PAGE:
In 1901, the Maple Ridge Agricultural Association formed in order to hold Fall Fairs and to “encourage the cultivation of the soil and the general development of all agricultural resources of the district and to foster every branch of mechanical and household arts calculated to increase the happiness of the home.”
The first Fall Fair was held that same year on Callaghan Street, in and around the first municipal hall on September 9. There were competitions for livestock, field and garden produce, canning, pickling and ladies work. The fair was a considerable success, with 496 entries and 76 members enrolled in the association. Hector Ferguson was the first president of the Fall Fair.
There was even a 12 mile bicycle race despite not having 12 miles of continuous road. The riders did a three mile loop four times and due to wet conditions, every rider fell at least once. It was won by teenager D. A. McCannell.
In 1902, with the overwhelming popularity of the fair the year before, the school board gave the children a public holiday for the event, held over two days to allow for set up and judging.
The next year, in 1903, the Agricultural Association purchased the Callaghan grounds from Thomas Haney for $200, giving him $50 down.
Later on in 1908, the event was moved to what was later to be called “the Aggie grounds”. The agricultural association subdivided the old grounds and sold them for a thousand dollars all together, and paid Thomas Haney, again the landholder, $700 for the new land.
The Aggie Hall and its surrounding grounds became a landmark for Maple Ridge residents. The hall’s plans were drawn up by Hector Ferguson, Nelson Lougheed, and A. Baillie, and it formally opened with a concert on September 7, 1909. The hall was used as a roller skating rink, rented out by various groups and organization, served as the location for the Fall Fair and May Day celebrations. It was used for dances, parties and meetings.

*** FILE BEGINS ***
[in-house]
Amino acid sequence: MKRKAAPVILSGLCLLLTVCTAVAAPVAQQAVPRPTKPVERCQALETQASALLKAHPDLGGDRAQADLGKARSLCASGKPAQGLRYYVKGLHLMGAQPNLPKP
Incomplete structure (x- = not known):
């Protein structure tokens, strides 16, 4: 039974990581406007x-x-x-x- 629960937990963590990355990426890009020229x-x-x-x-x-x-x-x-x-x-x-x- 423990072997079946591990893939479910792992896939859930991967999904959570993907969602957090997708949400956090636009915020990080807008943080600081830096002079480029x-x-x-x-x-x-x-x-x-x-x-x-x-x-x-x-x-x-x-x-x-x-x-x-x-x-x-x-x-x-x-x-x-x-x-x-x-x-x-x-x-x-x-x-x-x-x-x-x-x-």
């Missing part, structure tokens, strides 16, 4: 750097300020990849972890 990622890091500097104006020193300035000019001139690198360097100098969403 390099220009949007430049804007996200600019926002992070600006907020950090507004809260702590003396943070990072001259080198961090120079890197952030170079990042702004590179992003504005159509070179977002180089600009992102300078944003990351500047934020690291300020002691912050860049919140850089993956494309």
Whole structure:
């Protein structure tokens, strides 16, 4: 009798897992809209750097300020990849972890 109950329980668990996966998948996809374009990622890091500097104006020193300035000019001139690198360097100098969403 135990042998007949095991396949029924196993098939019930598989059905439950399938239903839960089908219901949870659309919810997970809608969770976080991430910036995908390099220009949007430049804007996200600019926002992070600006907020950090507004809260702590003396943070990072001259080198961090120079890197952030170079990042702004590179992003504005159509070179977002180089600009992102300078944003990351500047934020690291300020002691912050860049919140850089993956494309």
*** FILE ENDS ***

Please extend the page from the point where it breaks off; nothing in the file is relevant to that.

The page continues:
1921 was the 21st anniversary of the Fall Fair and it was planned to be the best one yet. It was deemed the finest and largest fall fair in history, and included a very successful district exhibit was placed at the New Westminster Fair.
It was not until the 1950s that the date of the Fall Fair moved from a day in September to August. In 1959 the fair moved to the grounds of Spencer Farm in Albion, where it would thereafter occur in July. According the Gazette newspaper, one of the best Fall Fairs was in 1956, when more than 7,500 people paid the 50 cent admission to enjoy the festivities. The fair manager was Percy Greenhill and the president was Spencer Pallot.
Throughout its life the Fall Fair has had many names, including the Haney Fall Fair and the North Fraser Fall Fair. For a short while, it was called the Ridge Meadows Fair.
The Fall Fair officially dropped the “fall” from the title only in 1998, although the event had taken place in July for numerous years already. It was simply known as the Maple Ridge Fair. In more recent years, the name has changed again to “Country Fest”.